In “Unexpected Philadelphia,” John Lukacs states, “The Independence National Historical Park project rose together with the reconstruction of Old Philadelphia that was the work of civicminded Philadelphians themselves … in what is known as Society Hill.… the rebuilding and repeopling of a long-decayed and abandoned portion of Philadelphia that now is not only teeming with tourists but pulsating with everyday life.”
Not so. The Society Hill area, which by the end of World War 11 had declined into rows of neglected warehouses and cheap rooming houses and retail stores, was redeemed by the federally assisted urban renewal program created under the Housing Act of 1949. Philadelphia was one of the first American cities to request such aid, and tens of millions of dollars were poured into Society Hill and a number of other projects, to subsidize the removal of blight and deterioration and make possible rebuilding and renovation.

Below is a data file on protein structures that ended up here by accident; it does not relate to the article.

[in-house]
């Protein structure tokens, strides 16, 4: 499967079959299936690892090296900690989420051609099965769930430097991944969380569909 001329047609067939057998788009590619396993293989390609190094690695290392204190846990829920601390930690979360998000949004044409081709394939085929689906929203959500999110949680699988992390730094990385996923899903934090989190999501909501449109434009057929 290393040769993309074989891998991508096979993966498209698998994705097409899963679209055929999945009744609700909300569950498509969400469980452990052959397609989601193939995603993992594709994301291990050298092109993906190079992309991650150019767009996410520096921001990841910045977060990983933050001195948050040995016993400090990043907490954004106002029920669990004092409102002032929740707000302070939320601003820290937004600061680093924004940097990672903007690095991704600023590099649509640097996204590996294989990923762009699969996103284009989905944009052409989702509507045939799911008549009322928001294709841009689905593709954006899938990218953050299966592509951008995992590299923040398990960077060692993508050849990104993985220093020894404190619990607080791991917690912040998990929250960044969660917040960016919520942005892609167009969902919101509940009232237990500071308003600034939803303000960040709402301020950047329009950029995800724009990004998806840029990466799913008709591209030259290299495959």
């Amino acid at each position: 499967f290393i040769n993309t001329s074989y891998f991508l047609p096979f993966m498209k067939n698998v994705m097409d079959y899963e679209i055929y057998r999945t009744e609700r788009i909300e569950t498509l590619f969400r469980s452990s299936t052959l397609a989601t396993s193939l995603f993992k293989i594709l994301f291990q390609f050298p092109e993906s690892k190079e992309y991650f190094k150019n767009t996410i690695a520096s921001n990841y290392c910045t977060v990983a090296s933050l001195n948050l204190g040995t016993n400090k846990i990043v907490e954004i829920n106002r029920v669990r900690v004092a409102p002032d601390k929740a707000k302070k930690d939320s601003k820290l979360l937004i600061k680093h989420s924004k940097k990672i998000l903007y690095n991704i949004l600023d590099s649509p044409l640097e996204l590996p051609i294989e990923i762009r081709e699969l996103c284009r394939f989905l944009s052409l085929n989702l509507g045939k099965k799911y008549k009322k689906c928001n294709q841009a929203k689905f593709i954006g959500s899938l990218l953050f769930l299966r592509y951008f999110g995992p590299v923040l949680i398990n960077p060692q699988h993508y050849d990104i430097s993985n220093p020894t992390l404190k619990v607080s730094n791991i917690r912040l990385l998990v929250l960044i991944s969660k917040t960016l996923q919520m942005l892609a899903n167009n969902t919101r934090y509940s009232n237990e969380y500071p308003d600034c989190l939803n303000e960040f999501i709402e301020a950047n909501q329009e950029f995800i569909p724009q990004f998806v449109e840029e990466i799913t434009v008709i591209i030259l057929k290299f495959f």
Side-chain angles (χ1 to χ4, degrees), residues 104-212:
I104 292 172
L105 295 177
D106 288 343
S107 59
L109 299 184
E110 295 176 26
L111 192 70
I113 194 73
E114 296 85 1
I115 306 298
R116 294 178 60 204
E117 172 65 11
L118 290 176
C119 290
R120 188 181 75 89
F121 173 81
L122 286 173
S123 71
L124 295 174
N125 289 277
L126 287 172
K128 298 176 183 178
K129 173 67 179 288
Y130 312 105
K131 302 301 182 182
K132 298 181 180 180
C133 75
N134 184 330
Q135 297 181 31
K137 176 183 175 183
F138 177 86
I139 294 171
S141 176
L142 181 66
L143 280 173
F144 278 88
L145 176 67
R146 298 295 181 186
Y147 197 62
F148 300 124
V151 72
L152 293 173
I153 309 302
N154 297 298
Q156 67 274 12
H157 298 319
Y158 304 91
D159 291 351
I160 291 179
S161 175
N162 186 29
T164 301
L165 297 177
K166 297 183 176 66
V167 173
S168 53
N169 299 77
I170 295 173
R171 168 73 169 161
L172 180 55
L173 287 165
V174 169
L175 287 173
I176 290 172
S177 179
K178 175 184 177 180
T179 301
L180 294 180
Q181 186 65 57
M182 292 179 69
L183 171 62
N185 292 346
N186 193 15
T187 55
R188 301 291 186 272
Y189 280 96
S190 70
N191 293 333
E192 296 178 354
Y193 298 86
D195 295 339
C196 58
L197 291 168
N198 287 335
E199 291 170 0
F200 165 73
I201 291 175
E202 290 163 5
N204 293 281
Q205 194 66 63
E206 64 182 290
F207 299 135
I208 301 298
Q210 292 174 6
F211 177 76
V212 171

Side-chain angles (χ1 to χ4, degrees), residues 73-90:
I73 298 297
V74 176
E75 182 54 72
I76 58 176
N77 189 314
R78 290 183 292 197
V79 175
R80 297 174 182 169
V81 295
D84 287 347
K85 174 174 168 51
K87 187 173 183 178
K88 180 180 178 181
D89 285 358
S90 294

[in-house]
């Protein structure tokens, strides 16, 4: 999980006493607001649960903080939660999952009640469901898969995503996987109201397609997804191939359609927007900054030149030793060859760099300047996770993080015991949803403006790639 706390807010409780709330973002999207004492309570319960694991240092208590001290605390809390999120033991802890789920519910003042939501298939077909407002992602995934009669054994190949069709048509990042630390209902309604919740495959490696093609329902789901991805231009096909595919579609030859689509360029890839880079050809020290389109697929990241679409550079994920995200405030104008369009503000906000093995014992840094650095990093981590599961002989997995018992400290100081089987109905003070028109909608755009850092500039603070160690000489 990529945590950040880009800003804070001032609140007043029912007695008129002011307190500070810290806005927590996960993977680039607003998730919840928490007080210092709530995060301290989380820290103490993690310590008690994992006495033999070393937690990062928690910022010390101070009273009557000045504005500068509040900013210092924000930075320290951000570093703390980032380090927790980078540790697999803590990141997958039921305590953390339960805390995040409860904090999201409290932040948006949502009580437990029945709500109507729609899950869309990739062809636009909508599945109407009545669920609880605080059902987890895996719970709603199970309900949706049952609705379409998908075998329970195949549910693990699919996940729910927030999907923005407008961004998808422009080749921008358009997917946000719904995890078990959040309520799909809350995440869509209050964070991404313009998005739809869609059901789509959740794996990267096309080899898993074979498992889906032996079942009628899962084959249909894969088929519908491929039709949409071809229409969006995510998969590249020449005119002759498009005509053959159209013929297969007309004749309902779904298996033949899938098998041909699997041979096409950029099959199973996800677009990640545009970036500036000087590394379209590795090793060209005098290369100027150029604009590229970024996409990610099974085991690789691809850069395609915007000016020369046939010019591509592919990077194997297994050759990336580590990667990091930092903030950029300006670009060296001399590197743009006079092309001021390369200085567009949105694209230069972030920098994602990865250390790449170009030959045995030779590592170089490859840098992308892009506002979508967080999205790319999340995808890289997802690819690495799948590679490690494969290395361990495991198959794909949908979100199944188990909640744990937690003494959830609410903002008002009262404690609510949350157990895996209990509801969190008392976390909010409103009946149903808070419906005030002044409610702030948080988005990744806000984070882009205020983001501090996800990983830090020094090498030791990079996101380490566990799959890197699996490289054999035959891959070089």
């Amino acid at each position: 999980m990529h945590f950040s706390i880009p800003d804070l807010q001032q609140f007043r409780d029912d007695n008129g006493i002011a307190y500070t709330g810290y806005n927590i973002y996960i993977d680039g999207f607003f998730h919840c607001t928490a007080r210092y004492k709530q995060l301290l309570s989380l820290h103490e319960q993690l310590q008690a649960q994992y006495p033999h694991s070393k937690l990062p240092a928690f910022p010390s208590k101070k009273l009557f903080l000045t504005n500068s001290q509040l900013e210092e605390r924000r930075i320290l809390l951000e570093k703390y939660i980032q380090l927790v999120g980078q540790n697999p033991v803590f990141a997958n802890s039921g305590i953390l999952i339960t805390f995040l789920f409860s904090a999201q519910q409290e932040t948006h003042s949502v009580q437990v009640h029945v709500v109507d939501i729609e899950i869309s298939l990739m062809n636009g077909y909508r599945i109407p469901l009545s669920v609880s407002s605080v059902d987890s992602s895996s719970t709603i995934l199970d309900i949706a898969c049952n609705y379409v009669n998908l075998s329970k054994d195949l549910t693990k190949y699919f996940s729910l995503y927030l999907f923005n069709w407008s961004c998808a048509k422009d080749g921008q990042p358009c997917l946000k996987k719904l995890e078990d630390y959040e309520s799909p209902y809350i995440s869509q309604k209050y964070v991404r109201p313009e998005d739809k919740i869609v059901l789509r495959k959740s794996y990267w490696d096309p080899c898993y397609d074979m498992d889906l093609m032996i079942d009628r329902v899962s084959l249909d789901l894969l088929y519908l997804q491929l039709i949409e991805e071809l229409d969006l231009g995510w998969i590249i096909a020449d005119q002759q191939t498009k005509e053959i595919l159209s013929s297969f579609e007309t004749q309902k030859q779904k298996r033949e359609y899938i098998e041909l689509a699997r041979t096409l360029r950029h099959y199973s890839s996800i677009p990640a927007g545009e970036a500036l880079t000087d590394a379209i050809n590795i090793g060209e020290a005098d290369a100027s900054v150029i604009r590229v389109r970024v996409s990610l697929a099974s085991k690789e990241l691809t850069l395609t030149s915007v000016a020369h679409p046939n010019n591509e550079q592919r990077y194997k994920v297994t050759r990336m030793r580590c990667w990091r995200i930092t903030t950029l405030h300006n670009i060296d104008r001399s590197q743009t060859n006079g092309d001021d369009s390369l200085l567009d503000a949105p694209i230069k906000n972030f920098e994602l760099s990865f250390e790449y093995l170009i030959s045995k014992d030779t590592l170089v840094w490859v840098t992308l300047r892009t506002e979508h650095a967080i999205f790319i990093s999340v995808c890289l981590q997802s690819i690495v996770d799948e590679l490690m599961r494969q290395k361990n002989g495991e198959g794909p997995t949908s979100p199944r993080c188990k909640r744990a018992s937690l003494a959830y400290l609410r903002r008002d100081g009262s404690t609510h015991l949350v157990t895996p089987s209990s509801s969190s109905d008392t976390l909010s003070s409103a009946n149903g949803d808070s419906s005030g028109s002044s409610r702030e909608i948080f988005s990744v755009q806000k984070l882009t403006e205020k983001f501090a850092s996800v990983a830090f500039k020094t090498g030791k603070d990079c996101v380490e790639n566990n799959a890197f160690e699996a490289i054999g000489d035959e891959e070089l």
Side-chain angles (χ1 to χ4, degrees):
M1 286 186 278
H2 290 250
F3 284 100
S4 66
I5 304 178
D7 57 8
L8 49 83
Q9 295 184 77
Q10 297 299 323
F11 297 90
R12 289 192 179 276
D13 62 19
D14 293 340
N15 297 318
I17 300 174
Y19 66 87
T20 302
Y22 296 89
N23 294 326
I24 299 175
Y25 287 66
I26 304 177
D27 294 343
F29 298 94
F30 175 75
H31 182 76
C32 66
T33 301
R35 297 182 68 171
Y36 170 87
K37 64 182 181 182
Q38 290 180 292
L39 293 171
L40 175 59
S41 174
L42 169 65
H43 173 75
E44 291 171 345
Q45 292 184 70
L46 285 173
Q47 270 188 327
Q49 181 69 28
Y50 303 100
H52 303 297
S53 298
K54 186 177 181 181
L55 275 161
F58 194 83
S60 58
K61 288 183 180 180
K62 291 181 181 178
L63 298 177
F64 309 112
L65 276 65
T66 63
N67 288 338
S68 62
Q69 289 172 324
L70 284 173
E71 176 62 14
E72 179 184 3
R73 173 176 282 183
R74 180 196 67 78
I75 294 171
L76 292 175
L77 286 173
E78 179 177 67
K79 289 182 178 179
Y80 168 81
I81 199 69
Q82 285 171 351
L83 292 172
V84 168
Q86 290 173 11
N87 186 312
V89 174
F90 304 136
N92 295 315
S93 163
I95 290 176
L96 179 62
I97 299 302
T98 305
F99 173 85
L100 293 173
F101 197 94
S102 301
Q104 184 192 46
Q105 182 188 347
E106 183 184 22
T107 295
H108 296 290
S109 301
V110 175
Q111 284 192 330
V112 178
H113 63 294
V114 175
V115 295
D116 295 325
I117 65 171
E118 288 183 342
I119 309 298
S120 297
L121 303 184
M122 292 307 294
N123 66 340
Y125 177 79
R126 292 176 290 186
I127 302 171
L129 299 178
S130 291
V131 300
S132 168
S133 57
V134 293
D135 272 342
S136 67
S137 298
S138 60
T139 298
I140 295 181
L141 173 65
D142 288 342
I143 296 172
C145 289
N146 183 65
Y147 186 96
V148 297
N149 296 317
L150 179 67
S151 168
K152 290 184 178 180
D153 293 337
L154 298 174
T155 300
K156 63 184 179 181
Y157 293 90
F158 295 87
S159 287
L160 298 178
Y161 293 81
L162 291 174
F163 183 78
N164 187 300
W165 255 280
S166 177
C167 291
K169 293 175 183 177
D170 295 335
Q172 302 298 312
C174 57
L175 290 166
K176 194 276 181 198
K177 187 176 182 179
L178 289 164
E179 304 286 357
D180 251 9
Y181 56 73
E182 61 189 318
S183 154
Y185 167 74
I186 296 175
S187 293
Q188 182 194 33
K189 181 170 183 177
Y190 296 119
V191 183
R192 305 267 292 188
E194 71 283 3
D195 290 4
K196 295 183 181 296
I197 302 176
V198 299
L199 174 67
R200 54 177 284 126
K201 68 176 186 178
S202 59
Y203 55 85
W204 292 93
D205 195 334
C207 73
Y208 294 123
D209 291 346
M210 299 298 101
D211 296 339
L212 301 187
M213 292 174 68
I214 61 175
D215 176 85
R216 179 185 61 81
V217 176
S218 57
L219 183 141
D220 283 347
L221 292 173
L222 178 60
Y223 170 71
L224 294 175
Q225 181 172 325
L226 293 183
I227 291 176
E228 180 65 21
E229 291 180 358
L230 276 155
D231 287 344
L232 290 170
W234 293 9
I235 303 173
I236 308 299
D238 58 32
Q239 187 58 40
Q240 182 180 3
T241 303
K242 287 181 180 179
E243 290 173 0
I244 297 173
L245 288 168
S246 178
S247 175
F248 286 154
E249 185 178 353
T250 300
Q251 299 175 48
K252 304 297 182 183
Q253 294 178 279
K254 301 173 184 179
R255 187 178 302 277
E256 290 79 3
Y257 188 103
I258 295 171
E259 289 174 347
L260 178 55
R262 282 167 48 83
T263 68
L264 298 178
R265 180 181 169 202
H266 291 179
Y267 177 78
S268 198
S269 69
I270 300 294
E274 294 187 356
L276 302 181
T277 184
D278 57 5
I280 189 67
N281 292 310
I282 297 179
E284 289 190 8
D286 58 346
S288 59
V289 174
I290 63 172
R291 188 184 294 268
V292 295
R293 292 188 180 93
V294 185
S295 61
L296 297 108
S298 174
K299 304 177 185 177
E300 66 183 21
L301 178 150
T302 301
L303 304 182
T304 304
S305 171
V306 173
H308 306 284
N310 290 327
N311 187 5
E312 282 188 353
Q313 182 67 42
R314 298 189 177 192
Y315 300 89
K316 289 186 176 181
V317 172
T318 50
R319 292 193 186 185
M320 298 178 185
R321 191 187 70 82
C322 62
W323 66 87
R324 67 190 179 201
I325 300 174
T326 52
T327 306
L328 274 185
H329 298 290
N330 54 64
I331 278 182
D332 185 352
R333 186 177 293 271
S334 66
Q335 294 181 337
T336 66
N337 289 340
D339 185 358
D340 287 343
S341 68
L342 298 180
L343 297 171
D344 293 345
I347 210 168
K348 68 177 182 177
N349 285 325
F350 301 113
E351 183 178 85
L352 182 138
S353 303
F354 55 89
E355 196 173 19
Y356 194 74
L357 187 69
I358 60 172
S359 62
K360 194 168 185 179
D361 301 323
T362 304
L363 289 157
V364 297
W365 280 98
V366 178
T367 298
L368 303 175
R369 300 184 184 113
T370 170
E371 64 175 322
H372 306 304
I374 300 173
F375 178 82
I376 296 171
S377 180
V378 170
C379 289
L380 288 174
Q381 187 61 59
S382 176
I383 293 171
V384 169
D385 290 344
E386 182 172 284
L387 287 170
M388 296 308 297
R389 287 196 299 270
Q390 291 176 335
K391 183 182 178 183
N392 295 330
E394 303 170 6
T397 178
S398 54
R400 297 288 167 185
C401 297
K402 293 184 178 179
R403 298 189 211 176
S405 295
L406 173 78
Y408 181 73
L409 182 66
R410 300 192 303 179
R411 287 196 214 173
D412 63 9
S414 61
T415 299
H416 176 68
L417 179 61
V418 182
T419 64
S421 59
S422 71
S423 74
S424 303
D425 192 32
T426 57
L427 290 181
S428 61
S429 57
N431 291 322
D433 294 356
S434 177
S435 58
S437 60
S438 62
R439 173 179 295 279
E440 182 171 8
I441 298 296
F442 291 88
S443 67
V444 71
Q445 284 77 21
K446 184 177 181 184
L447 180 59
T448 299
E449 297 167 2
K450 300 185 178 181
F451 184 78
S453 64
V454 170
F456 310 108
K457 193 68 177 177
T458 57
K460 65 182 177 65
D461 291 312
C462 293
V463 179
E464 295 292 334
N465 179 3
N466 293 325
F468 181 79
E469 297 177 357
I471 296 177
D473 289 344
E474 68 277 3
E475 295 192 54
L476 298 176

These remarks are not designed to denigrate the efforts of Philadelphians, which were considerable, but to set the record straight on the coniributions of the national urban renewal program to local efforts for the reclamation and revitalization of cities all across the U.S A
I know. I was Director of Public Information for the Urban Renewal Administration during its most active and productive years, 1961 to 1968.